Chinese Australian rules footballers in 1899

Callum Ah Chee on the cusp of 141-year first for football’s Chinese-Australian community

Brisbane Lion Callum Ah Chee is potentially two wins and just eight days away from becoming the first Australian man with Chinese heritage to win a flag.

Key points:

The Chinese community has a history with Australian rules football that dates back 141 years
Brisbane’s Callum Ah Chee has the chance to be the first Chinese-Australian man to win an AFL premiership
A new book offers details of the first all-Chinese football game in Ballarat in 1882

Chinese-Australians have been playing Australian football for 141 years, according to a new book, Celestial Footy.

“I was shocked at the depth of the tradition,” author Patrick Skene told ABC Sport.

“There is no other multicultural sporting tradition that reaches as far back into our history as 1882 when Chin Kit first played in Bendigo. Rugby League wasn’t even invented yet.”

Skene has written 24 stories of Chinese-Australian football pioneers, including the history of AFL brothers Brendon and Callum Ah Chee.

Their great-great-grandfather, Owen, was a Cantonese immigrant who became a respected founder of the town of Derby, Western Australia.

Owen’s wife Nellie was a Nyikina Aboriginal woman. Together they had 11 children.

“I’m Aboriginal and really proud of that side of my heritage,” Callum Ah Chee told Skene.

“But I’m also proud of my Chinese side.”

Callum Ah Chee says he is proud of both his Indigenous and Chinese heritage.(Getty Images: Michael Willson)

If Brisbane beats Carlton today and Collingwood in next week’s grand final, Ah Chee will do more than simply make history.

“[It would] show not only that there has been a great number of Chinese-Australians who have played the game, but they’re also representing excellence in the sport as well,” Skene says.

“The only thing left to do would be [win] a Brownlow Medal or Norm Smith Medal.”

Skene explains 19th-century Chinese-Australians played football as a “passport to acceptance” in far-flung country towns.

“Pulling on your boots and running out with your mates is the great Australian way of being part of your town,” he says.

He also points out his research “crushed stereotypes” that Chinese communities did not assimilate.

“They embraced Australia’s native game over the global sports.”

Skene has examined the community sporting involvement of Chinese miners and market gardeners in 1890s Ballarat.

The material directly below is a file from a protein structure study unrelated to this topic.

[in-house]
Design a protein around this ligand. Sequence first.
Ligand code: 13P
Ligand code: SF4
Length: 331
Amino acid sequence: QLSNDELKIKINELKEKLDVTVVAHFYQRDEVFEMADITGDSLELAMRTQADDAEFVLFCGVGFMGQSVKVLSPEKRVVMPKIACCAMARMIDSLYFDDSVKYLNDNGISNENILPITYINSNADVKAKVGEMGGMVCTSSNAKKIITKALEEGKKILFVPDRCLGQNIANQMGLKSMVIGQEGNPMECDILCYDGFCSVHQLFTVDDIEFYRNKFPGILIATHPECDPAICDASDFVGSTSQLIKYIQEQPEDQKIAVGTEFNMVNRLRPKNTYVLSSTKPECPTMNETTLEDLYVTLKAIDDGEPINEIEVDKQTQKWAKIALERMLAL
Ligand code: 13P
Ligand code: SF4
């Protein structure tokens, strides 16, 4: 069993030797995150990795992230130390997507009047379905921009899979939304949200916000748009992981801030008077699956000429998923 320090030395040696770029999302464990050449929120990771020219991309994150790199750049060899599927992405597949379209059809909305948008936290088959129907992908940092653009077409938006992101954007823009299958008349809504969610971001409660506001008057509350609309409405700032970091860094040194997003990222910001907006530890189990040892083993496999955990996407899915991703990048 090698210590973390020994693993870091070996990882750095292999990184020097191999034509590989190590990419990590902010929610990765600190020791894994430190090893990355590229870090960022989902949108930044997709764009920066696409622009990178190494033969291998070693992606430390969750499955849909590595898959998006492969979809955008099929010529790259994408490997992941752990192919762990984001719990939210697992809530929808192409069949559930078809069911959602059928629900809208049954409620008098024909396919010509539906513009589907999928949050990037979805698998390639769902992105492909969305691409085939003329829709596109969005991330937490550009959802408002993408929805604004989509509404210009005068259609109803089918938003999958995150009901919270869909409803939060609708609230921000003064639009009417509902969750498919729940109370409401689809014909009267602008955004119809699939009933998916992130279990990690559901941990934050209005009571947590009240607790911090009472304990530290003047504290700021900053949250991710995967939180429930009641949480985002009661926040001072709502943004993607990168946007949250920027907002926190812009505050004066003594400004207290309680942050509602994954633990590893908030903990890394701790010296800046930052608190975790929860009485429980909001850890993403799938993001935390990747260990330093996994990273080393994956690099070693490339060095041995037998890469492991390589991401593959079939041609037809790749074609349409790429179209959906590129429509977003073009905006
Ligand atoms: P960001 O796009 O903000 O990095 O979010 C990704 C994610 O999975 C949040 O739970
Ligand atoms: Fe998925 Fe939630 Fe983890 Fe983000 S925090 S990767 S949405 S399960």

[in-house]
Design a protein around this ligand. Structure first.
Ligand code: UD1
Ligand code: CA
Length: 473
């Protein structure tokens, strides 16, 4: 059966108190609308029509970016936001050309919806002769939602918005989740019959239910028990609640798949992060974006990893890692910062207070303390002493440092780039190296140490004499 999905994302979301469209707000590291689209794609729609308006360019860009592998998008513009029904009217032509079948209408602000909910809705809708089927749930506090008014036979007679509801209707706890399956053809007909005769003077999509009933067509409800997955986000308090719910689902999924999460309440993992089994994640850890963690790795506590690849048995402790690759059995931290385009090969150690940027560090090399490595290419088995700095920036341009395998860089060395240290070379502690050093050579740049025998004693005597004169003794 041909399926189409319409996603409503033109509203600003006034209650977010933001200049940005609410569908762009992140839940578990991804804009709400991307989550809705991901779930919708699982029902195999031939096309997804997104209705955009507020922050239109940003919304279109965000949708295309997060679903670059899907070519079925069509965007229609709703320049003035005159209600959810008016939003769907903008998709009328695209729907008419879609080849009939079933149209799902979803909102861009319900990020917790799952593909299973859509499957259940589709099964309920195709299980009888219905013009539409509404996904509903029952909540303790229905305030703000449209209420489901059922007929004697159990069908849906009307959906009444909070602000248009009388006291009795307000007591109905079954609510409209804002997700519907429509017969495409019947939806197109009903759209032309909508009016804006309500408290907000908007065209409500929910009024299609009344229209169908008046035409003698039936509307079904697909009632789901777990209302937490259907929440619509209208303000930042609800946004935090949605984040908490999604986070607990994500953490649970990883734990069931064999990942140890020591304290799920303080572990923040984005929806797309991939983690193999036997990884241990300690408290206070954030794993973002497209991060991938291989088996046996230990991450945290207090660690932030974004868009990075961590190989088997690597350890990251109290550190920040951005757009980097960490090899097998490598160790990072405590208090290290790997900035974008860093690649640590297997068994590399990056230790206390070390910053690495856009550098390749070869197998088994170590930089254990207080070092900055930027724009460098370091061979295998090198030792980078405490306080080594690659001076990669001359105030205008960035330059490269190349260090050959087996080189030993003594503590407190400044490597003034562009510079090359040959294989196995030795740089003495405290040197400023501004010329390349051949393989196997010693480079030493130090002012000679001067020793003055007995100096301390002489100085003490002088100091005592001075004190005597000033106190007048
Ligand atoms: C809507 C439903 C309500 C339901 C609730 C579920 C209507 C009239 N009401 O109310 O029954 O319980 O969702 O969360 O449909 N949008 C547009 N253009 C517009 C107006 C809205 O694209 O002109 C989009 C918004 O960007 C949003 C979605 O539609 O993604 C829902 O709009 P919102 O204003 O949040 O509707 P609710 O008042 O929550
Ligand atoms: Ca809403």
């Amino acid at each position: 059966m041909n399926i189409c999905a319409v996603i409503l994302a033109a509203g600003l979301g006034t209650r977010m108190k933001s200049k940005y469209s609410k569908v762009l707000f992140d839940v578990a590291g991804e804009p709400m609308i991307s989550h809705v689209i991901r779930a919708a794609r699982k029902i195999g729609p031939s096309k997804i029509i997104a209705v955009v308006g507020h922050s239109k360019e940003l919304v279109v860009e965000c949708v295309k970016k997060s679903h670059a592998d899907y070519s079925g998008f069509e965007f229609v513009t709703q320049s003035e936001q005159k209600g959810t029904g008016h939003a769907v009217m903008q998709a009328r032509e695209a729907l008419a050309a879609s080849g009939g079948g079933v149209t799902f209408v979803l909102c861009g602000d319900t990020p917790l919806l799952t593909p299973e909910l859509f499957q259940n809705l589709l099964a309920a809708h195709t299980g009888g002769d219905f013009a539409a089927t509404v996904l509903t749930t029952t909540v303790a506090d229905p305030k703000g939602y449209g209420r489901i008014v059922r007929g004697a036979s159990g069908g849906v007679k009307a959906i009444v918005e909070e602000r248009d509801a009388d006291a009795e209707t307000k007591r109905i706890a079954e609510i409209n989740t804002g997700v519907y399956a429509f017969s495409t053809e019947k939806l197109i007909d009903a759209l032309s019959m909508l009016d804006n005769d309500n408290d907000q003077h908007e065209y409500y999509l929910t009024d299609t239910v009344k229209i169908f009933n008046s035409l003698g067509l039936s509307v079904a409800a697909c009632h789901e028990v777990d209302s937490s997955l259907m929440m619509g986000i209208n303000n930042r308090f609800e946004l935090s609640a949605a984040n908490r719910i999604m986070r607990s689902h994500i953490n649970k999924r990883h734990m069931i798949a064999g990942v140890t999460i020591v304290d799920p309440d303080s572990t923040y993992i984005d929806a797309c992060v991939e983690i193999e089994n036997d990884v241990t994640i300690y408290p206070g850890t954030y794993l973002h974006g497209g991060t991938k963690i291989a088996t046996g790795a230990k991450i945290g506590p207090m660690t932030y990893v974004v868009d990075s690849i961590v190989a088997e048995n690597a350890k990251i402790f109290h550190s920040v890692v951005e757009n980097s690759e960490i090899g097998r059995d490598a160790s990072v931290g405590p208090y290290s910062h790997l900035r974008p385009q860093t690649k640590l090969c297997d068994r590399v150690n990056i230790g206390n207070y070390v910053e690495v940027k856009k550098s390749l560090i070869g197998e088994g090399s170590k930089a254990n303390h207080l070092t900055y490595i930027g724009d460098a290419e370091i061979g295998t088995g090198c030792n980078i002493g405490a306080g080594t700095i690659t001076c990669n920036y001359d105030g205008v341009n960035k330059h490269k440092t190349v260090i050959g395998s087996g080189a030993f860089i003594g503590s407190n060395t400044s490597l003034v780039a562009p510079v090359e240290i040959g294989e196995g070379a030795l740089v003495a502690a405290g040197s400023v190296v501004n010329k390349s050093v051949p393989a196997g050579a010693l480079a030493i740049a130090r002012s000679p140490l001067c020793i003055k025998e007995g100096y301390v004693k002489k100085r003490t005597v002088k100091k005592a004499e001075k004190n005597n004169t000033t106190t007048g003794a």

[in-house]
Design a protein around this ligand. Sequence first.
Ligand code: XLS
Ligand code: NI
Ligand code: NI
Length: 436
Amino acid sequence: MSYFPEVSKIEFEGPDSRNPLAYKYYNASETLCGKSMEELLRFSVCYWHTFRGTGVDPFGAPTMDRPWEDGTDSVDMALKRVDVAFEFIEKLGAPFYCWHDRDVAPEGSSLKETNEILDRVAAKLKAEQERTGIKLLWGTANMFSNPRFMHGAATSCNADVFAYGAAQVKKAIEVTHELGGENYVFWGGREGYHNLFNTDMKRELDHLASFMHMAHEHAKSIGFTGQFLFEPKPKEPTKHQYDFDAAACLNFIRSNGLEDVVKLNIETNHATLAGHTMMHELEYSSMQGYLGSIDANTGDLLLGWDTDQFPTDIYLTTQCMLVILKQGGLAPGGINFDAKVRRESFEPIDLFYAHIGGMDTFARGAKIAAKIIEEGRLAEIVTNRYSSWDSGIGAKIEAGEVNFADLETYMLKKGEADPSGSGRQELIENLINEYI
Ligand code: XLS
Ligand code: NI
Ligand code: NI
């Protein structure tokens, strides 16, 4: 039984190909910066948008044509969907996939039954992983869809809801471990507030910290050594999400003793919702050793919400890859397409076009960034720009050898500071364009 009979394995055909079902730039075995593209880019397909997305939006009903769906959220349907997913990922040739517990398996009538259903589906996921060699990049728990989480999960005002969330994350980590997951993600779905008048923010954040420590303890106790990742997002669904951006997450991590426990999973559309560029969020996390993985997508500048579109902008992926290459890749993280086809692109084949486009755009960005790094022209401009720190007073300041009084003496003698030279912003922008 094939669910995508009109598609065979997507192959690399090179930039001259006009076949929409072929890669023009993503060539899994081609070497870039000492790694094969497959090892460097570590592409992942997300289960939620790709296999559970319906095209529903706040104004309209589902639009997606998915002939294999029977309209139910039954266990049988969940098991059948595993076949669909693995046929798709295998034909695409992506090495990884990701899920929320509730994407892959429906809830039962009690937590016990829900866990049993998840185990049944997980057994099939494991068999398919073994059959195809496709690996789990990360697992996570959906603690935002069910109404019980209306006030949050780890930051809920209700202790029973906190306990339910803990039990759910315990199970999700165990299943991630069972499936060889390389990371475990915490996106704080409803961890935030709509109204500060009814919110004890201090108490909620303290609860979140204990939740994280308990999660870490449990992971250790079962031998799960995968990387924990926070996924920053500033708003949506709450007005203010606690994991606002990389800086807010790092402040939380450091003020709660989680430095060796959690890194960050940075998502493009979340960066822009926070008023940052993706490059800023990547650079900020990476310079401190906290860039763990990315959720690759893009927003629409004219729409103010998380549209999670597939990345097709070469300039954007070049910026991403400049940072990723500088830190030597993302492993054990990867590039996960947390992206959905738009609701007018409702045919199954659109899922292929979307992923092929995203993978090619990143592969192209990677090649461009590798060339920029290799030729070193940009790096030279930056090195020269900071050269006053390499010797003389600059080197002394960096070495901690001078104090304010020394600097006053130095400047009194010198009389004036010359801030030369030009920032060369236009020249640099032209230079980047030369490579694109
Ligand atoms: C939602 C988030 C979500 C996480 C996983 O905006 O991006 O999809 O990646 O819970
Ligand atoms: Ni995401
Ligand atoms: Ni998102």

In 1892, the first all-Chinese charity football game was held on Eastern Oval.

Chinese Australian rules footballers in 1899

A Chinese-Australian Australian rules football team in 1899.(Supplied)

“The people of Ballarat had never witnessed such a spectacle,” Skene wrote.

“Golden Point, Ballarat’s Chinatown, was shut down for the day as residents left their homes, kitchens, laundries, shops, market gardens and gambling dens to watch this strange Victorian game.”

Players of Chinese heritage went on to play football at the highest levels in various states.

Wally Koochew made his debut for Carlton in the VFL in 1908; George Tansing played for Geelong in the same season.

Les Kew Ming played for North Melbourne in 1922 and 1923.

The Darwin Buffaloes had a rich tradition of Chinese heritage and winning premierships, with stars including Ron Chin and Joe Sarib.

In 1947, a team called the Young Chinese League contested matches in Melbourne and country Victoria and would play for a total of 50 years.

Brothers Les and Neale Fong became WAFL Hall of Famers.

Dannie Seow played for Collingwood in the 1980s.

Sophie Li sits on a teammates shoulders while the rest of the Adelaide Crows gather around them

Sophie Li won an AFLW premiership with the Adelaide Crows.(Getty Images: Mark Brake)

“Dannie was the first Chinese-heritage footballer to play for a VFL club since Ian ‘Snow’ Chinn played for South Melbourne in 1942, and the first since the end of the White Australia policy in 1973,” Skene wrote.

Lin Jong was a Western Bulldog VFL premiership player, but he missed out on the AFL flag in 2016.

Sophie Li became the first woman of Chinese heritage to win a national-level premiership with the Crows four years ago.

Her father Peter’s ancestral village is Sunhui (Xinhui) in Guangzhou, although he was born in Hong Kong.

Current AFLW star Darcy Vescio has written the foreword and designed the cover of Celestial Footy.

“My grandfather on Mum’s side, Cheong Lip Louey or just ‘Goong’ to us kids, migrated from China via Hong Kong, after World War II,” Vescio said.

“I love my Chinese-Italian heritage.”



Author: Russell White